10 Years of Industry-Changing Influence

The Geothermal Data Repository celebrates a double-digit milestone

Aug. 5, 2022 | Contact media relations

10 years GDR logo

Over 10 years and more than 2.6 million downloads later, the Department of Energy's (DOE's) Geothermal Data Repository (GDR) has taken the geothermal field from siloed science to becoming an industry leader in the open data movement.

Origin Story

What started as a simple data hub in 2012 has turned into an invaluable repository for information and innovation at the heart of the geothermal industry.

"Before the GDR, geothermal scientists stored their data privately, potentially duplicating efforts and blocking discoveries," said Jon Weers, GDR co-creator and lead data systems architect at the National Renewable Energy Laboratory (NREL). "Ten years after its launch, the support and ideas scientists collectively shared have turned the GDR into the groundbreaking tool it is today."

He adds that the entire geothermal scientific community truly deserves appreciation for its success. The support and ideas scientists collectively shared have guided the development of the GDR into the tool it is today.

An aerial image of a geothermal plant with mountains in the background.
A geothermal plant in Washoe County, Nevada. Photo by Dennis Schroeder, NREL

Look Out, Wikipedia

Organizations across the globe now upload their geothermal data into the repository for anyone to freely access. The GDR also syncs with hundreds of scientific search engines, ensuring geothermal data is easy to find. As of 2022, the GDR is home to 5,093 resources from 74 different organizations and over 135 terabytes of data—more than four times the size of Wikipedia.

There have been more than 2.6 million downloads from the GDR to date, but the volume of downloads may not even be what leads to the biggest impact. One of the many GDR success stories over the years was the time that just two downloads turned into millions of dollars in funding.

"A bank in Europe used the GDR to download information that later led to successful underwriting for construction of a renewable energy, zero-emission, geothermal powerplant," Weers said. "That data would have been much harder to find without the repository."

Open Data, Open Doors

The GDR is also leveling the playing field, advancing energy equity and creating more trust in global data sharing.

"Previously, you had to have some sort of supercomputer on premises to even play with certain geothermal data," he said. "By providing universal, cloud-based access to geothermal data, the GDR has opened the door for DOE to collaborate with smaller universities and high school students, underprivileged communities, and startup companies. It's leading to entirely new sources of innovation."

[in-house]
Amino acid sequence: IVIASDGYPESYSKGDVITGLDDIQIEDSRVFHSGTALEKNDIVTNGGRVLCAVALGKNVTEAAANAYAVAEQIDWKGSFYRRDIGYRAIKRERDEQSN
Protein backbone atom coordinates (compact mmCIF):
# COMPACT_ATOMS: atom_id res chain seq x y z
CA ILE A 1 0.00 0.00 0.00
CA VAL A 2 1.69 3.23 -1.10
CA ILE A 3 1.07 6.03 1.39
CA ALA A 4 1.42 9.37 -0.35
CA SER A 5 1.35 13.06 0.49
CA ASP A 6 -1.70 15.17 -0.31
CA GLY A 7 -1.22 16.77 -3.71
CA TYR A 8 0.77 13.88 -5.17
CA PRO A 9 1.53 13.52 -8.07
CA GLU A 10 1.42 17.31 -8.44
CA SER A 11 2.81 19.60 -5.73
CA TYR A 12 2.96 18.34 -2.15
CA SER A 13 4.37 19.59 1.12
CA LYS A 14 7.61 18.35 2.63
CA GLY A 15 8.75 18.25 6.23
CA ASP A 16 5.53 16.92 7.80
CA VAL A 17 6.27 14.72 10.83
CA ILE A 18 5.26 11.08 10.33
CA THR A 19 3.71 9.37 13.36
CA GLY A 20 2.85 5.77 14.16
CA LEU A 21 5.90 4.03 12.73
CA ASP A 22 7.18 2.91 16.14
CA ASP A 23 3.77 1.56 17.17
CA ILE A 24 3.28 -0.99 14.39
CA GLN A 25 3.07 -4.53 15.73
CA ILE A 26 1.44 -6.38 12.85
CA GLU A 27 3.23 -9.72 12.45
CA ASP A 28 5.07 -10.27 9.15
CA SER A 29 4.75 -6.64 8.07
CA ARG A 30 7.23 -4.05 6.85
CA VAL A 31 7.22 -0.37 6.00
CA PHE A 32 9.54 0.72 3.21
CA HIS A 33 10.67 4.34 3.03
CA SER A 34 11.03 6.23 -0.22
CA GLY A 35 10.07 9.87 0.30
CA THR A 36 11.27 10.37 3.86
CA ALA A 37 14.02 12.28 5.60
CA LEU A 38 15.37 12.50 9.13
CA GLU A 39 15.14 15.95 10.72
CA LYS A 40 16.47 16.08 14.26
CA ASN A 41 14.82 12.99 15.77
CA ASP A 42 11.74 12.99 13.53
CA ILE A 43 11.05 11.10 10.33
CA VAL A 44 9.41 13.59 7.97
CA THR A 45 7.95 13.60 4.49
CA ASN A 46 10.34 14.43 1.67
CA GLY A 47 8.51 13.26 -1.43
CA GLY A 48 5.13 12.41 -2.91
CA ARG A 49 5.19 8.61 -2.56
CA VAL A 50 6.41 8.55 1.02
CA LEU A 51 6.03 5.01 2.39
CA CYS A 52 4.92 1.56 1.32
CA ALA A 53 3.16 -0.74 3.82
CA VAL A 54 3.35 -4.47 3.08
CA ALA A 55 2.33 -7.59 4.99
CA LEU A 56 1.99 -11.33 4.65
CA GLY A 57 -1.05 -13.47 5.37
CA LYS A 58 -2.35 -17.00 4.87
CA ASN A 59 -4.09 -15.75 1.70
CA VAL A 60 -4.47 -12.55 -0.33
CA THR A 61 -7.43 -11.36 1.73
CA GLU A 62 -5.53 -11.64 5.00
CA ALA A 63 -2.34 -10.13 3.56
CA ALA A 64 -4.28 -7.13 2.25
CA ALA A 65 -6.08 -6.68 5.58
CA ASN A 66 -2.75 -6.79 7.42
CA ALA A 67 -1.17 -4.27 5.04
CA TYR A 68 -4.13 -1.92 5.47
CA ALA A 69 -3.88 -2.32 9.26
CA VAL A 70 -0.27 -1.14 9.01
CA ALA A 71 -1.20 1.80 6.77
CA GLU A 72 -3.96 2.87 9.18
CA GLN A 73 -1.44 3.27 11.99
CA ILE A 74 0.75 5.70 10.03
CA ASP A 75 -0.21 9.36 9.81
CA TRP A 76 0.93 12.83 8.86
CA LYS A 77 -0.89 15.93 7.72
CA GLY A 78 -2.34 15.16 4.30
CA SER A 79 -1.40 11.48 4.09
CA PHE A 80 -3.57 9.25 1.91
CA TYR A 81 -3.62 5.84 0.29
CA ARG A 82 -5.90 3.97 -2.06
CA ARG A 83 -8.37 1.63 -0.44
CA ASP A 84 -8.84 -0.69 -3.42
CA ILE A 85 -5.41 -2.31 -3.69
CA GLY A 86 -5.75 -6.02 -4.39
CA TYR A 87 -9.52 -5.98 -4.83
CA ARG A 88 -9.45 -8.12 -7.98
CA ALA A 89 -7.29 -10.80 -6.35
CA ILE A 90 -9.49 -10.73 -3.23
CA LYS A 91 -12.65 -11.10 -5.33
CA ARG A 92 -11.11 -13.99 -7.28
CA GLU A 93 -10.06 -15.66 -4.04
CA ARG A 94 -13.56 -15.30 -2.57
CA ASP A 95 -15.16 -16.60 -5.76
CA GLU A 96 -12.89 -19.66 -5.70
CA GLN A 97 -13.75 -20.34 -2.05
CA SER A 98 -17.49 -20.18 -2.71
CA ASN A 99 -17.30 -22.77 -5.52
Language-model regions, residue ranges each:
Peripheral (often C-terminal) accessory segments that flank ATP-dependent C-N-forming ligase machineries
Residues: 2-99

Weers and fellow NREL colleagues Arlene Anderson and Nicole Taverna reported in the GDR 10-year anniversary report how the repository maintains its momentum by protecting DOE research investments and ensuring consistent open access, making collaborative data sharing easier, and preserving data by unburdening the entire submission and management process.

DOE strategic plans have stated, "Success should be measured not when a project is completed or an experiment is concluded, but when scientific and technical information is disseminated."

"I love that quote because it's basically saying you're not done unless you've told somebody about it," Weers said. "Submitting data to the GDR is like publishing in 25 journals all at once. It's a great way to get your work out there in front of the entire scientific community."

Infographic with text reading the Geothermal Data Repository is celebrating 10 years of data sharing and growth in 2022. Launching in 2012 to create open access for geothermal data, the GDR has now become a flagship data repository that other groups seek to emulate. The GDR boasts 135 TB of data, equal to 4.09 Wikipedias or 1.8 billion books. 2,604,134 total downloads. 5,093 total resources. Top 5 downloads to date are: 1. PoroTomo Natural Laboratory Horizontal and Vertical Distributed Acoustic Sensing Data. 2. Brady's Geothermal Field - March 2016 Vibroseis SEG-Y Files and UTM Locations. 3. Brady's Geothermal Field Nodal Seismometer Data 4. Brady's Geothermal Field DASH Resampled in Time 5. Evaluation Data of a High Temperature COTS Flash Memory Module for Use in Geothermal Electronics Packages
The Geothermal Data Repository has taken the geothermal field from siloed science to becoming an industry leader in the open data movement.

For more information on the latest geothermal research and opportunities, visit Energy.gov or the Geothermal Research page on NREL.gov.

Tags: Geothermal